It’s been a bumpy few years for high street retail, and at the risk of taking us off high alert too early, it looks like we’re finally entering a period of stabilized rents, increased deal activity, and a détente between e-commerce and bricks-and-mortar sites.
At the height of the market in 2015, everyone lost sight of the fact that retail stores needed to perform and that sales had to support rents. On prime Madison Avenue, for example, rents jumped seemingly overnight from $1,100 to $1,500 per square foot to an all-time high of $1,800 to $2,200 per square foot.
Putting aside the jolt e-commerce delivered to the rest of retail, this was never sustainable. Landlords increased rents to unrealistic levels and tenants grabbed spaces at any cost. There were painful repercussions for both, ultimately prompting stores to exit the market. Landlords who continued to demand top dollar found themselves saddled with vacant spaces.
Today retail rents have declined by 30 to 50 percent from the peak and leveled off, delivering a much-needed correction. Now those prime Madison Avenue rents have returned to their previous $1,100- to $1,500-per-square-foot level.
Not surprising, the rent adjustment is bringing about a renewed demand for retail spaces.
Tenants initially tiptoed back into the market with pop-ups—short-term scenarios to occupy a space, move some product, build a brand and make a statement. Brands like Amazon and Google did experiential pop-ups, while other brands did exciting collaborations like Supreme X Louis Vuitton. And then there were multiple pop-ups that provided great brand exposure for everything from Casper Bedding to Yankee Candle to Unilever’s multiple pop-ups for St. Ives skincare, Magnum Ice Cream Bars and Pure Leaf Tea. On top of that, it is now becoming the norm for many fashion apparel and shoe brands to do pop-ups in retail spaces for fashion week—i.e., Bogner and Sophia Webster. Lastly, some brands take pop-up space to conduct sample sales to clear out merchandise. Christian Siriano occupied a space on Madison Avenue for a week, and featured fabulous merchandise at much-reduced prices.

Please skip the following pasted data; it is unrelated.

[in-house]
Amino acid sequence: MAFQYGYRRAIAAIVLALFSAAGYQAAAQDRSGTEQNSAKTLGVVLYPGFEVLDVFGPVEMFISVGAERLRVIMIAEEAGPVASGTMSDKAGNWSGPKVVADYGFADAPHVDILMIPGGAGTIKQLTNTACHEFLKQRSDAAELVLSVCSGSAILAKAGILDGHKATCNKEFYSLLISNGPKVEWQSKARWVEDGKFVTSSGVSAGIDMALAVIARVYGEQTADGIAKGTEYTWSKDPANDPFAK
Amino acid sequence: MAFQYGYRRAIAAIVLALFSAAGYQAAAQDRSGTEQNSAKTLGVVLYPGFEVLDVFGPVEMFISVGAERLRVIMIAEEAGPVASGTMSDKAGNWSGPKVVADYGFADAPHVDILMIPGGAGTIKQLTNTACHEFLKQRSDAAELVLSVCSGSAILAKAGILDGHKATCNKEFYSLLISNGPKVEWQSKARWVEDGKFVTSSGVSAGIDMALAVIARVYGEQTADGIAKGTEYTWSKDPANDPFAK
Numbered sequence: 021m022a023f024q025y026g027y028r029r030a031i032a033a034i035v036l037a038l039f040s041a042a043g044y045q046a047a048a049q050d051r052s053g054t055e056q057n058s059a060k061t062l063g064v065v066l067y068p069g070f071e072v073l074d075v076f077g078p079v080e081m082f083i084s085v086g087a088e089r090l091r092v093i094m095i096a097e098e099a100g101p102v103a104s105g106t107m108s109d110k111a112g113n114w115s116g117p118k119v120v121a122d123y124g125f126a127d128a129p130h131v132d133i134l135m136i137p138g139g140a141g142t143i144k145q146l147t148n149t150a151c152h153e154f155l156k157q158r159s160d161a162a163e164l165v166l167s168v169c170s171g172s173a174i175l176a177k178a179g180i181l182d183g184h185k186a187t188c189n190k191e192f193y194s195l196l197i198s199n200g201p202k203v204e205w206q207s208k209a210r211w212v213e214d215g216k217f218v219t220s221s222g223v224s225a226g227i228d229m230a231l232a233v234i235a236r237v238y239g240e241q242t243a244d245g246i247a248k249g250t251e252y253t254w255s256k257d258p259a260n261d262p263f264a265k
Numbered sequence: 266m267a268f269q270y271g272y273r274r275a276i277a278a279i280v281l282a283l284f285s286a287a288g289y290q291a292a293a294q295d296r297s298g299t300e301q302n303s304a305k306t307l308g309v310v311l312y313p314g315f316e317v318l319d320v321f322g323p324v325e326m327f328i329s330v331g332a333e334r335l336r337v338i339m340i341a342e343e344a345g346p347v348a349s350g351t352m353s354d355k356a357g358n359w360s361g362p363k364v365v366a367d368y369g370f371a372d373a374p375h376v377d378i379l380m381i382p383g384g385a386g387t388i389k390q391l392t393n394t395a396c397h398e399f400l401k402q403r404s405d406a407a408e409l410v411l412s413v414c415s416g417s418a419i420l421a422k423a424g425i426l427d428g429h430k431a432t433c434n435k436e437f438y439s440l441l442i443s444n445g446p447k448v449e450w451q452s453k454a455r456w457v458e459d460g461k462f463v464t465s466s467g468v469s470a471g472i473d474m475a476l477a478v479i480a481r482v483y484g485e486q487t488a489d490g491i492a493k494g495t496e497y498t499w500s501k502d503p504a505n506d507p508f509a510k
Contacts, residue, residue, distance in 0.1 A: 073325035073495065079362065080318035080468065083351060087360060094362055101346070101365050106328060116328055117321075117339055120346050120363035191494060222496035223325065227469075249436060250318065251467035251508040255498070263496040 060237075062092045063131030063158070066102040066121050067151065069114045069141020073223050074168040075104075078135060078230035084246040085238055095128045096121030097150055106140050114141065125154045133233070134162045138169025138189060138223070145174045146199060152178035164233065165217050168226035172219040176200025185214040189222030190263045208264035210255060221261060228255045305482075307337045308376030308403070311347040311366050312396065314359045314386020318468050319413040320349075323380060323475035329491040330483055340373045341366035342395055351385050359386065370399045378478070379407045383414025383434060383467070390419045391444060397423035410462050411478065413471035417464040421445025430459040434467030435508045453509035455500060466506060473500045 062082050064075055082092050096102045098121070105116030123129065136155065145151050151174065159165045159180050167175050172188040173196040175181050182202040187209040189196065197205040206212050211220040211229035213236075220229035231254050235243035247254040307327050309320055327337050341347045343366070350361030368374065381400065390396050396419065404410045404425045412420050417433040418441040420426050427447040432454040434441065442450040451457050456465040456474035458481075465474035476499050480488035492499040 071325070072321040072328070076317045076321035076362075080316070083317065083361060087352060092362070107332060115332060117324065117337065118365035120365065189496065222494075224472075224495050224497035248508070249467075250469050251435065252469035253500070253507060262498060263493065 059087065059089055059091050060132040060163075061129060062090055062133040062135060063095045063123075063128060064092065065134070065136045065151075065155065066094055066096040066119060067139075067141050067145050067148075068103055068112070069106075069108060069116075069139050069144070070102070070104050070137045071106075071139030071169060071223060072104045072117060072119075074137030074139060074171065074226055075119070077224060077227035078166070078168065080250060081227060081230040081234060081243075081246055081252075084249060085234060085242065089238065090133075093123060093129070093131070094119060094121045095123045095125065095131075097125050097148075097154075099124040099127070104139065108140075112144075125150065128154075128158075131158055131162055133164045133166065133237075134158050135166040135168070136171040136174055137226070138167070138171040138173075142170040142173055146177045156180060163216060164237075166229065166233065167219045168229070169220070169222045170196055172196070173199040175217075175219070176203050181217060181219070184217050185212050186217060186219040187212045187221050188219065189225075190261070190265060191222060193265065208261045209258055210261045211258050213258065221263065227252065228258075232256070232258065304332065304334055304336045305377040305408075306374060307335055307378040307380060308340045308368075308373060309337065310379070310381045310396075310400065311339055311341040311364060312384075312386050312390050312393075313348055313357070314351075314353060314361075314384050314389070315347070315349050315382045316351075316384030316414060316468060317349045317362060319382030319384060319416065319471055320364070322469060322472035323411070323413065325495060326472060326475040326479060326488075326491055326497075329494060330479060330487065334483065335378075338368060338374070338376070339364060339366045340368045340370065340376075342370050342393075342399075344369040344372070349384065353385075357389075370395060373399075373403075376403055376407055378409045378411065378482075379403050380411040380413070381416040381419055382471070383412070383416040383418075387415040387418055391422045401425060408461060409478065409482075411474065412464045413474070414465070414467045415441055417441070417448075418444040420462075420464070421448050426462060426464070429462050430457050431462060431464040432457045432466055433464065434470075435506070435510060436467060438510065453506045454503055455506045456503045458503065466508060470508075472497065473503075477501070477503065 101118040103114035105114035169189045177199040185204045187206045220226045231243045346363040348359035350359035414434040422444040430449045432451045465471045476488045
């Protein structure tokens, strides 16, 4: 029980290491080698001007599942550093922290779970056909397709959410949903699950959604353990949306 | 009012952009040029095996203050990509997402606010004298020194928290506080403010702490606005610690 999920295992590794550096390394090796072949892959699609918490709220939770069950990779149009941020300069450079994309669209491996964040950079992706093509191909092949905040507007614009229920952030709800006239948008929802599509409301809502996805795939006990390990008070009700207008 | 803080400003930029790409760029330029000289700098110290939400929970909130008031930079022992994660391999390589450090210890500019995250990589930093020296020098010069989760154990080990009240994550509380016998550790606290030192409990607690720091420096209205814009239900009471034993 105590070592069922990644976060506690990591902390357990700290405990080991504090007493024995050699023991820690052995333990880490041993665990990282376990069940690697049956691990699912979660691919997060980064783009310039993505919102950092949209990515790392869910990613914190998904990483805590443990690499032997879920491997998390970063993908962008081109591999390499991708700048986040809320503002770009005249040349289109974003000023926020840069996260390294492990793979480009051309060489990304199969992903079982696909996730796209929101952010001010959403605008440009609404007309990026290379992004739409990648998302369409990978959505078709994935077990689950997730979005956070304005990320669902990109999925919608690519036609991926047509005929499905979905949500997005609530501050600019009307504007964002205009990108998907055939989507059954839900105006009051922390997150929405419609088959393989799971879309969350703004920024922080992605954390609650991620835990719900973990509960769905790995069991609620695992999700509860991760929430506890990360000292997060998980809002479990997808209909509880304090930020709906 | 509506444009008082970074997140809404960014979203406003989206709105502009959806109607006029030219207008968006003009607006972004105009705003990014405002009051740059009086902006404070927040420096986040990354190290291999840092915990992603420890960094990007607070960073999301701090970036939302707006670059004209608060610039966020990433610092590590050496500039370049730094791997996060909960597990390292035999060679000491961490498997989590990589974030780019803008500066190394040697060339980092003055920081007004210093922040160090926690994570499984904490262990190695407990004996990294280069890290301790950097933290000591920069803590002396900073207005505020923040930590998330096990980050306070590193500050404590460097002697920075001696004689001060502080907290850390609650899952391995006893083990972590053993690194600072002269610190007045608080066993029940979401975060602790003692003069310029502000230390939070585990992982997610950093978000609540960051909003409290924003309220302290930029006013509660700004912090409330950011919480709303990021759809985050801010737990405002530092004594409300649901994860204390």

Now we’ve gone from very short-term pop-ups to seeing tenants sign one- to three-year leases with options for long-term extensions, a scenario that is limiting risk for both landlords and tenants. If sales are strong and the stores perform well, the tenants plan to stay long term.
Brands are reengaging, perhaps taking fewer stores or spaces with a smaller footprint, but making a real commitment, spending money, and opening retail locations with substantial product.
Retailers that aren’t yet ready to commit to five- or 10- or 15-year leases are nervous about the changing retail climate and future of the industry. Their anxiety is heightened by the constant drumbeat that e-commerce will continue to take market share away from bricks-and-mortar stores.
But I believe that retailers should relax because retail is all about driving sales and there is now less concern whether those sales originate online or in a store. If customers visit a store and it helps them make a decision to go home and buy merchandise online, then that store is serving a purpose.
A classic example is a luxury online brand we represented that wanted to test the New York City market. The tenant opened in a pop-up space in Soho, which was so successful we found the store a permanent space in Soho where sales have been phenomenal.
This retailer understood after opening the pop-up how important it was to have a physical presence. The managers learned that there were expensive products customers weren’t comfortable buying online. Instead, customers wanted to go to the store and see and touch these high-ticket items before making such a significant purchase.
For bricks-and-mortar shops, the lesson is that the internet isn’t something they should fear but embrace and integrate into their brand identity. For e-commerce sites, the lesson is that to increase sales, online retailers should open a physical store, which today is more doable than ever in this climate of reasonable rents.
Robin Abrams is a principal and vice chairman of retail at Eastern Consolidated.